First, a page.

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 Sarah <I>Gordon</I> Guymon

Sarah Gordon Guymon

Stokes County, North Carolina, USA
Death 7 Dec 1872 (aged 81)
Fountain Green, Sanpete County, Utah, USA
Burial Springville, Utah County, Utah, USA
Plot Blk. 63 Lot 1 Pos. 5
Memorial ID 61806 · View Source
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By Olive Stone

Sarah Gordon's first ancestor in the United States was Thomas Gordon, who was born in Ulster, Down County, North Ireland. He was a son of James Stewart Gordon, originally of the Huntley Gordons of Scotland. He came to what is now called Gordonville, Albermarle County, Virginia. Her father, John was the first child of Thomas Gordon and Sarah Flynn. John was born in Albermarle County, Virginia in 1772. He married Barzilla Martin who was born 27 March 1774, daughter of John Martin and his wife Sarah. They settled on the main highway about two miles south of Pilot Mountain, North Carolina where they farmed and operated a tavern to serve the passengers who traveled through by stagecoach. They had begun their life together with very little means but by application of industry, due economy and intelligence, gained property rapidly until they became quite wealthy for those days. They accumulated much real estate and at his death owned twelve slaves. They had three sons and nine daughters.

Sarah was the oldest of John Gordon's and Barzilla Martin's children. She was born 20 November 1789 in Surry County, North Carolina. Being the oldest of twelve children Sarah had many responsibilities; helping her mother with the children, making beds and helping her mother in the tavern. She had a busy life and never knew an idle moment.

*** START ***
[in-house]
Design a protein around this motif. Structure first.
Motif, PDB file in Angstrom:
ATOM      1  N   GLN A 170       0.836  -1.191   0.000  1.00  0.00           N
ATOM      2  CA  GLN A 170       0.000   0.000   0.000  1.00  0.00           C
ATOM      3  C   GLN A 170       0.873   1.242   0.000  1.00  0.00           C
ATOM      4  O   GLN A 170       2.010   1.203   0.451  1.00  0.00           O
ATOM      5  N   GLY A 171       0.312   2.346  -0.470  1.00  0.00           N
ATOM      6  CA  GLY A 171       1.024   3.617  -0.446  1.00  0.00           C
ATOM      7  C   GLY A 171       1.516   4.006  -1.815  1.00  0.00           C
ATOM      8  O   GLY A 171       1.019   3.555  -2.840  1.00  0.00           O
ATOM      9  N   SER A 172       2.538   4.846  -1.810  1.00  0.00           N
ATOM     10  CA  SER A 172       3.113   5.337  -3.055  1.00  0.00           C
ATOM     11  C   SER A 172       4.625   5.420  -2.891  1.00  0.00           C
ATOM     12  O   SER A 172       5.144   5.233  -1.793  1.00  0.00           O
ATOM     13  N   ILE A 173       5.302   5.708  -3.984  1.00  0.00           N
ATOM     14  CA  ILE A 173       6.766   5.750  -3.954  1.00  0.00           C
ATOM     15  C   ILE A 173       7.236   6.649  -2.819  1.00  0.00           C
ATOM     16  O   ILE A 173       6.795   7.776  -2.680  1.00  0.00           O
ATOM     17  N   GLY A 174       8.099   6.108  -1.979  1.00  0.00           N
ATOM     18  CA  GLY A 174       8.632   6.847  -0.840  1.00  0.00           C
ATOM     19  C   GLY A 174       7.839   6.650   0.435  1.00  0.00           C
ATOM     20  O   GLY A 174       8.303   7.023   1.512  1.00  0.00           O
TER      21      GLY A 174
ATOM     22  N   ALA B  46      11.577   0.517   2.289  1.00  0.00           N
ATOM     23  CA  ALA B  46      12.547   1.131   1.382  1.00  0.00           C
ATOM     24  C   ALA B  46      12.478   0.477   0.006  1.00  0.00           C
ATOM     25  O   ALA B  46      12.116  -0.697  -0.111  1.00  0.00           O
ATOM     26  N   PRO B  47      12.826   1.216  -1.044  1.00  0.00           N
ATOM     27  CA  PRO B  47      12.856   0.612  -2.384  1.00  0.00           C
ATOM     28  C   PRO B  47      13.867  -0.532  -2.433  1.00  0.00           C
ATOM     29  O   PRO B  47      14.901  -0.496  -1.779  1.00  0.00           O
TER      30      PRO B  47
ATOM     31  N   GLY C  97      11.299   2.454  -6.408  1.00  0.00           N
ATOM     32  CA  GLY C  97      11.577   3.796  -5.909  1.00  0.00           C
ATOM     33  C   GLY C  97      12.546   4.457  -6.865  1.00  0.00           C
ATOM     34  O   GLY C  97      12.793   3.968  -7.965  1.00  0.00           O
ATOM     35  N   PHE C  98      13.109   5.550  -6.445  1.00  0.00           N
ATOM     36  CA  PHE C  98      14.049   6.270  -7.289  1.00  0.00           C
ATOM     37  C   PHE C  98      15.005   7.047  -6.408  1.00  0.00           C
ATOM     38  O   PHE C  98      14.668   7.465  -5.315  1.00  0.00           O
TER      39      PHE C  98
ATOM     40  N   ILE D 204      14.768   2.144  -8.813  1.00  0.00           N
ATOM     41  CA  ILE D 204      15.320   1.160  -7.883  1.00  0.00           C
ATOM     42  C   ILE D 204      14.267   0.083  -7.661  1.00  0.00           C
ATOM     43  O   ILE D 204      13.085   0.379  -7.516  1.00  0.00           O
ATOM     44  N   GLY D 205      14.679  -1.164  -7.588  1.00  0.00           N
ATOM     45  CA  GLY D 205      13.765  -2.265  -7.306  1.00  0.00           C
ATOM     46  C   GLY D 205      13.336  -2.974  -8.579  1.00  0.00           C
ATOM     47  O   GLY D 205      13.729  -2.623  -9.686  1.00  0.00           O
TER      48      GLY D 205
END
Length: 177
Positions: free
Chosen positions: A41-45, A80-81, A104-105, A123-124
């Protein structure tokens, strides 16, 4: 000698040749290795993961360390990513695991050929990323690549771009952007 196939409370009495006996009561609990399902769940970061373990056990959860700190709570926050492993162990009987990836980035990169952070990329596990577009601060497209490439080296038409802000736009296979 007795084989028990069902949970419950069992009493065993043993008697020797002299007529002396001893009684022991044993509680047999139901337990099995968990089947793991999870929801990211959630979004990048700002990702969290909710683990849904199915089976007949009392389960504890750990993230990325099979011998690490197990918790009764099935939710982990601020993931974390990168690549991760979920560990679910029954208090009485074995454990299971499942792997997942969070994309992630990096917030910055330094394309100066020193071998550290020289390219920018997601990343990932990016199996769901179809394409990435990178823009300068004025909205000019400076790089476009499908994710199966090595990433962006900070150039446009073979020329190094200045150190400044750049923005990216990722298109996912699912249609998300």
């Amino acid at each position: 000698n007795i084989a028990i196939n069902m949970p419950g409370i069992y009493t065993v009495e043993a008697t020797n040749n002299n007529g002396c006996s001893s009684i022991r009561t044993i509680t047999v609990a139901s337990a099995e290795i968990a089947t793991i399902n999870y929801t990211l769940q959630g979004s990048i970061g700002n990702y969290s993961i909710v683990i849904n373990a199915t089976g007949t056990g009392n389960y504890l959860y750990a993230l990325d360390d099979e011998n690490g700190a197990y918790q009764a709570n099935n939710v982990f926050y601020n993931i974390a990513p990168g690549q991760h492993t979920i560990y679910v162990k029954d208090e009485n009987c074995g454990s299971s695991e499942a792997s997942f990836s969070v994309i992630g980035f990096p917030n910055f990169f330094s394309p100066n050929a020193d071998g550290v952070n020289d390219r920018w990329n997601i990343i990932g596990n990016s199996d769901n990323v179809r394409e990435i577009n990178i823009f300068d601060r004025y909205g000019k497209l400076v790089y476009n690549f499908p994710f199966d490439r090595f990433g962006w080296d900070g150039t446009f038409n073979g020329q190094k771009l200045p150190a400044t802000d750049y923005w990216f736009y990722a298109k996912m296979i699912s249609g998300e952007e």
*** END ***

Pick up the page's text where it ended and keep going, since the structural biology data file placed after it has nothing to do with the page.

Sarah married Thomas Guymon in Stokes County, North Carolina the 23rd day of February 1809. He was the son of Isaiah Guymon and Elizabeth Flynn. He was an ambitious young man, who farmed in the summer months and taught school in the winter. They lived in Stokes County, North Carolina for six years. During that time three sons: Isaiah, John and William were born to them. They moved to Jackson County, Tennessee in 1815. Here they had three more sons: James, Noah Thomas and Martin and one daughter Barzilla. Ten years later they moved again, this time to Edgar County, Illinois in 1825. While living here they had four daughters: Elizabeth, Polly Ann, Sarah Jane and Melissa Jane.

Sarah and her husband were converted to the Church of Jesus Christ of Latter-day Saints in 1836 and soon joined with the Saints and were with them in all their persecutions. Their son James came to Utah in 1849 and a year later in the spring of 1850 Thomas and Sarah Guymon with their daughter Melissa Jane, their son Noah Thomas, his wife Margaret Johnson and children, their daughter Polly Ann and her husband Robert Johnson and their children, all came to Utah with the Aaron Johnson Company. Their three eldest sons however, did not come to Utah. The family with others made many preparations for the journey to Utah. Among other things, they had to train or break cows to lead on a wagon of three yoke of oxen.

The most pleasant part of their journey was spent traveling along the banks of the Missouri River. The company crossed the river on flat boats and the cattle swam the river. They gathered buffalo chips to make fires in the prairie lands. The company traveled long hard hours but they always took time out at night to sing songs of praise and enjoyed one another's company before retiring.